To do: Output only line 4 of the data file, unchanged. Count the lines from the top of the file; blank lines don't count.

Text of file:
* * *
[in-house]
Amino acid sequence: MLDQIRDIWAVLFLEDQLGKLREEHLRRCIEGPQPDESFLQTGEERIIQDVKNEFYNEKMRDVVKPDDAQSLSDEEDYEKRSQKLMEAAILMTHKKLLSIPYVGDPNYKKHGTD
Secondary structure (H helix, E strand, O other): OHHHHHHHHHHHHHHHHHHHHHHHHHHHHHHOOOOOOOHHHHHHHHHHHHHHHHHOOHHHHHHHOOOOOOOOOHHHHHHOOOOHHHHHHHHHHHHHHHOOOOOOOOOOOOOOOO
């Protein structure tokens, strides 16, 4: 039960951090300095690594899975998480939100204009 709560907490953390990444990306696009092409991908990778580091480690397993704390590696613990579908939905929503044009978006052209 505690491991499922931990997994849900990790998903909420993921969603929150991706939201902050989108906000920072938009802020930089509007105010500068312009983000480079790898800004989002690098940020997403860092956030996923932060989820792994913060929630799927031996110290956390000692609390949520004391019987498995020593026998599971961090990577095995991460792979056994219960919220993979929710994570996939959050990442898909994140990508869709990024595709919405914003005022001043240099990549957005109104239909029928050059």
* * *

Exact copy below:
């Protein structure tokens, strides 16, 4: 039960951090300095690594899975998480939100204009 709560907490953390990444990306696009092409991908990778580091480690397993704390590696613990579908939905929503044009978006052209 505690491991499922931990997994849900990790998903909420993921969603929150991706939201902050989108906000920072938009802020930089509007105010500068312009983000480079790898800004989002690098940020997403860092956030996923932060989820792994913060929630799927031996110290956390000692609390949520004391019987498995020593026998599971961090990577095995991460792979056994219960919220993979929710994570996939959050990442898909994140990508869709990024595709919405914003005022001043240099990549957005109104239909029928050059």